Government’s efforts to create the Development Bank expedite
The Government expedites its efforts to set up the Development Bank in order to remove the burden of funding of governmental programs from the largest state-owned banks. Functioning Development Bank is one of the IMF requirements and also an opportunity to sell part of stakes in these banks at a better price.
The government of Belarus has approved the Credit Development Bank to deal with restructuring of loans issued to state banks for financing of the sate programmes. Under the new regulation, the Development Bank will restructure debts transferred to it by the state banks via deferment (installment) of repayment of principal debts and overdue interest payments. The mechanisms of restructuring include conversion of foreign currency loans into Belarusian rubles and exemption from penalties for overdue interest payments during the period of insolvency.
The Development Bank is also an agent of the Belarusian government for servicing and repayment of external public debt and foreign borrowings guaranteed by the government, issued for funding of projects, part of the state programme. Currently the funding of state programmes is implemented mainly by state-owned banks "Belarusbank" and "Belagroprombank".
In June 2011 the President of Belarus signed a decree on the establishment of the Development Bank of Belarus with a statutory fund Br20 billion (government share is 95%, share of the NBB is 5%). The Bank will take on its balance sheet loans of state banks issued for funding of state programmes before 1st January 2011, and as of 1st January 2012 it will take over funding of state programmes. The Development Bank is also an agent of the Belarusian government for servicing and repayment of external public debt and foreign borrowings guaranteed by the government, issued for funding of projects, part of the state programme. Currently the funding of state programmes is implemented mainly by state-owned banks "Belarusbank" and "Belagroprombank".
Creation of the Development Bank and changes in the funding mechanism of the state programmes was a basic condition of the IMF, which Belarus has not complied with since the previous loan has been provided by the IMF. Today the authorities are trying to accelerate the adoption of regulations that will allow the Development Bank to perform its functions and to unload the largest state-owned banks. As soon as the burden of governmental programmes is removed from the “Belarusbank” and “Belargroprombank”, their chances for being privatized would increase (the National Bank does not hide his desire to sell stakes in these banks at a reasonable price).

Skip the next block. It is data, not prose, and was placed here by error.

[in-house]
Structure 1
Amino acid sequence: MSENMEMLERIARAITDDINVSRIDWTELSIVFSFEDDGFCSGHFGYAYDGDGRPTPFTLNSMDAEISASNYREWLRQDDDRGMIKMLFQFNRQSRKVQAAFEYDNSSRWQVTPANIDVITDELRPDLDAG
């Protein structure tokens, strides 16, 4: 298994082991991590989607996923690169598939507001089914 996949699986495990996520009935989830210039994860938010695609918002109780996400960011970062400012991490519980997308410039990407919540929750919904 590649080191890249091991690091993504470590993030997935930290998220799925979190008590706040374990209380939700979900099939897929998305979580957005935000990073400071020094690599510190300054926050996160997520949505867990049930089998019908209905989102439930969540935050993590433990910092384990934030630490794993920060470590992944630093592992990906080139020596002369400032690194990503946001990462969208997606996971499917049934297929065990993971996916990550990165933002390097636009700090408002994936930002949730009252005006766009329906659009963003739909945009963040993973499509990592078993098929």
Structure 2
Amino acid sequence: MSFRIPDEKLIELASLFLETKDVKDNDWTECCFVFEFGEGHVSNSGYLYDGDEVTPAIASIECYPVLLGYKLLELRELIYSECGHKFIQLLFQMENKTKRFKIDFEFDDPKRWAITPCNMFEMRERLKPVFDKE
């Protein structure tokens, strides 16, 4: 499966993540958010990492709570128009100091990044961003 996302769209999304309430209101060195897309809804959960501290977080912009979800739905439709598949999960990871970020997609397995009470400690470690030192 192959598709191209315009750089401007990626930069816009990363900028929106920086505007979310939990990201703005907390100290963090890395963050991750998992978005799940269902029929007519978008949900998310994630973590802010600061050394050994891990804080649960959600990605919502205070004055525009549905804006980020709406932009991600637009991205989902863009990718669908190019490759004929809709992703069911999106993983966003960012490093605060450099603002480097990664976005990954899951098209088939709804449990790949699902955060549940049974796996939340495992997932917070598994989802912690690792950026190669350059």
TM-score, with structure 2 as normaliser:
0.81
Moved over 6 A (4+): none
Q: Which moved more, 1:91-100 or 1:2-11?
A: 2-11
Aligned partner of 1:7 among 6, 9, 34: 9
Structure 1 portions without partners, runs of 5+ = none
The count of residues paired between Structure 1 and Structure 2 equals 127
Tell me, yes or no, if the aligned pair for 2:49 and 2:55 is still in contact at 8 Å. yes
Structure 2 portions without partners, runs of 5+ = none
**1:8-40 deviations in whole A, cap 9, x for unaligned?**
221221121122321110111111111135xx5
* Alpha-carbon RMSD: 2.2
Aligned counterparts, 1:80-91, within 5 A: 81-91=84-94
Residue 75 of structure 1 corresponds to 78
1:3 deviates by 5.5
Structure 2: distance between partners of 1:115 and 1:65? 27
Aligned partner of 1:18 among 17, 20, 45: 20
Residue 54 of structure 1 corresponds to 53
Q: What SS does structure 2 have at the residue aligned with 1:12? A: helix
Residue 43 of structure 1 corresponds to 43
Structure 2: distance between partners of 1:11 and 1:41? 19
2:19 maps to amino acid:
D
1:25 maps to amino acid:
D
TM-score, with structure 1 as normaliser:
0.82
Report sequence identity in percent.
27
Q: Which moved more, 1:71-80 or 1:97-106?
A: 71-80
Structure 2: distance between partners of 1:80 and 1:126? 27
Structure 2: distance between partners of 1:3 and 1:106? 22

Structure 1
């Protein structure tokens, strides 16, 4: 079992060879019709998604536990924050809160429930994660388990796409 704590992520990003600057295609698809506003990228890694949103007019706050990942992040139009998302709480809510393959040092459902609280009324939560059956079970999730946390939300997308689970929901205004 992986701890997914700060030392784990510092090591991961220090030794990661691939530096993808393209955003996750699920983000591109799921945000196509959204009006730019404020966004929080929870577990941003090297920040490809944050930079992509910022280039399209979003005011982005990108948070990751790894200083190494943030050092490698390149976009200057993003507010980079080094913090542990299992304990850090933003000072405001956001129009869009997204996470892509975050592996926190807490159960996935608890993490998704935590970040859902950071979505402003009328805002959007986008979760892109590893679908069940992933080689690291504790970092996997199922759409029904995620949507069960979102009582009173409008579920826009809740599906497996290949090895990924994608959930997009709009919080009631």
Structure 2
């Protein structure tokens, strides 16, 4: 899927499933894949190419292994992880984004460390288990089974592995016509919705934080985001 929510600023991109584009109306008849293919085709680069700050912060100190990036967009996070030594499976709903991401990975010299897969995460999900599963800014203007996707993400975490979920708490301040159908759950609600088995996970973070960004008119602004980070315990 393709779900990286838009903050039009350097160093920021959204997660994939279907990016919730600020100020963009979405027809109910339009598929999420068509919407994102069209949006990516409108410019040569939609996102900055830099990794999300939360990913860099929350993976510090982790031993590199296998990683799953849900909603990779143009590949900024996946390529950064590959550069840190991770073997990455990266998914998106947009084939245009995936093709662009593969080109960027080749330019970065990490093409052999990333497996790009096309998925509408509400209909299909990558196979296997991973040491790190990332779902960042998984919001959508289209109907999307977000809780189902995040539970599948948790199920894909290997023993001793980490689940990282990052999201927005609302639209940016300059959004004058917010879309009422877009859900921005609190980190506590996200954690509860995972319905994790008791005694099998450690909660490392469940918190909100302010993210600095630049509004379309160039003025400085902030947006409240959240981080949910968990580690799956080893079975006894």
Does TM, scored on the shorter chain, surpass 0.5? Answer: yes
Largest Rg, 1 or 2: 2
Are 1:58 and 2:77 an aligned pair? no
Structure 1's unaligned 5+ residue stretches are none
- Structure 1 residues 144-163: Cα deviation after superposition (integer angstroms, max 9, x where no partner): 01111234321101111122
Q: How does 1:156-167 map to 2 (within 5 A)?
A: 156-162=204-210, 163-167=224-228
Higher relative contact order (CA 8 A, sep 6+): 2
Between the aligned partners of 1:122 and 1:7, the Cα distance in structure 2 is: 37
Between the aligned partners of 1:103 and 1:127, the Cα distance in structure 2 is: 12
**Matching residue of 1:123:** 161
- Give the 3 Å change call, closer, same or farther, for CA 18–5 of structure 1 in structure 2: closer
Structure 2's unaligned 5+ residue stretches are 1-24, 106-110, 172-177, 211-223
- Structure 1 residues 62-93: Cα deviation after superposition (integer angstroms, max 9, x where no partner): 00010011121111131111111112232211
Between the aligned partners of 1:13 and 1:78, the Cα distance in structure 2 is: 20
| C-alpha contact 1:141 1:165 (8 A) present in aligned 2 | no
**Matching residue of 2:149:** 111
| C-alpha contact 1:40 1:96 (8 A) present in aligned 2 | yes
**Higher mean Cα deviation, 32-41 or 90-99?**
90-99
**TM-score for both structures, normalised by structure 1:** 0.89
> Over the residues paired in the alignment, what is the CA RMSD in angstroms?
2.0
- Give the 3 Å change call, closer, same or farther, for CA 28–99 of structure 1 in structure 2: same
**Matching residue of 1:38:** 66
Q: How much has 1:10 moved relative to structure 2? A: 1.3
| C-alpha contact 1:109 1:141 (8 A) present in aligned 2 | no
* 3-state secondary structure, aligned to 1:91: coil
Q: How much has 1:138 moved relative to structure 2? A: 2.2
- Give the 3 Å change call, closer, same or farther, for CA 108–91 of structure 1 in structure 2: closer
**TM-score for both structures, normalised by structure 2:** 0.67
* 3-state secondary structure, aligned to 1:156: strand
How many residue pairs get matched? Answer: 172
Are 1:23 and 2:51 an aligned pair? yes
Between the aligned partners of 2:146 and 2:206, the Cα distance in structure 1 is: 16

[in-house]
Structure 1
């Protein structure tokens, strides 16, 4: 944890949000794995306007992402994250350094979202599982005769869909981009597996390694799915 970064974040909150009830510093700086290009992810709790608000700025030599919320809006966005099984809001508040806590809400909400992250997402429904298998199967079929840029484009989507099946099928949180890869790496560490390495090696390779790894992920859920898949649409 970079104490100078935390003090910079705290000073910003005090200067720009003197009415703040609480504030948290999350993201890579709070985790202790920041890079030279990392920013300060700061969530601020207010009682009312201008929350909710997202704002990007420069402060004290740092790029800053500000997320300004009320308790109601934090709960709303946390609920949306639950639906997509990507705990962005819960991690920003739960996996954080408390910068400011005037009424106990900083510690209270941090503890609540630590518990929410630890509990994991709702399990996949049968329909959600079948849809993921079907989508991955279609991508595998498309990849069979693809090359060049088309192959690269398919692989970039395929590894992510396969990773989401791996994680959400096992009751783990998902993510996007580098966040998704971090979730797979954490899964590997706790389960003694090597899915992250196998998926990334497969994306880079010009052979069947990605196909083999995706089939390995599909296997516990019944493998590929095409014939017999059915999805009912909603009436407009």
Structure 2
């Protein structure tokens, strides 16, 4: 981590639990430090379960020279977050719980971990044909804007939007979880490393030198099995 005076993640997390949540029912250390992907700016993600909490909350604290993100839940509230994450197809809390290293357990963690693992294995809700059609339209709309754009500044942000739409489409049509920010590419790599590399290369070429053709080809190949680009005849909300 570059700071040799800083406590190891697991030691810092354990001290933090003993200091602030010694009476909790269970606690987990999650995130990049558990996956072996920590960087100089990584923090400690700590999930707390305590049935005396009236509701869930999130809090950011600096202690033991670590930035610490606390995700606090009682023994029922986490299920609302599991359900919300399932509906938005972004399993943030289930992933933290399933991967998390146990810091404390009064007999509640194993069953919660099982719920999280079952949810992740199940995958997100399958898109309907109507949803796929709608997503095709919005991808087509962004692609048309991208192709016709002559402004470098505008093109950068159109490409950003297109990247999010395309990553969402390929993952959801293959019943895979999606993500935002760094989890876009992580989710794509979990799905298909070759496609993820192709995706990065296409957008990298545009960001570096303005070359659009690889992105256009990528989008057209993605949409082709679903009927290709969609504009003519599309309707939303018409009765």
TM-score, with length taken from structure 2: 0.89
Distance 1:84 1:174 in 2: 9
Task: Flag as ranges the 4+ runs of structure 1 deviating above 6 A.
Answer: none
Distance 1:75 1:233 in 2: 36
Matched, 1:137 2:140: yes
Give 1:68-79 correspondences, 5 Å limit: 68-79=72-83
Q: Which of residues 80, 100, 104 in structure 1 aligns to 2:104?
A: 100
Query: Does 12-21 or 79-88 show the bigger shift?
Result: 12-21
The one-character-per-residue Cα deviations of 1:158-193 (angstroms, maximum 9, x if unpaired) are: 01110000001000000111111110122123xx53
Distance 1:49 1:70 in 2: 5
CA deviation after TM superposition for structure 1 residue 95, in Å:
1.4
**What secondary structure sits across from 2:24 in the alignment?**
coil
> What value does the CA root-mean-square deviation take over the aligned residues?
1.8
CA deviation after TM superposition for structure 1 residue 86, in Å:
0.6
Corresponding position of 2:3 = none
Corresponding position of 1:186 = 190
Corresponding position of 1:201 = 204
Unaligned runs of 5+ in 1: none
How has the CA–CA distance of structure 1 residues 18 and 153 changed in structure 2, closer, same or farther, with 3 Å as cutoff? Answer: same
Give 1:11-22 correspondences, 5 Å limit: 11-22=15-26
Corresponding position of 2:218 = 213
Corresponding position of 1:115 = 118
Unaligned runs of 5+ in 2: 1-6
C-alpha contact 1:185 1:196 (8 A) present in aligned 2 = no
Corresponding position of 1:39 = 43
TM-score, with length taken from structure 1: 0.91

The Belarusian authorities regard the Catholic conference as yet another international event to promote Minsk as a global negotiating platform. Minsk’s proposal to organise a meeting between the Roman-Catholic Church and the Russian Orthodox Church is rather an image-making undertaking than a serious intention. However, the authorities could somewhat extend the opportunities for the Roman-Catholic Church in Belarus due to developing contacts with the Catholic world.
Minsk is attempting to lay out a mosaic from various international religious, political and sportive events to shape a positive image of Belarus for promoting the Helsinki 2.0 idea.
Belarus’ invitation to the head of the Holy See for a meeting with the Patriarch of the Russian Orthodox Church should be regarded as a continuation of her foreign policy efforts in shaping Minsk’s peacekeeping image and enhancing Belarus’ international weight. The Belarusian authorities are aware that their initiative is unlikely to find supporters among the leadership of the Russian Orthodox Church in Moscow. In Russia, isolationist sentiments prevail.
In addition, for domestic audiences, the authorities make up for the lack of tangible economic growth with demonstrations of growth in Minsk’s authority at international level through providing a platform for religious, sportive and other dialogues.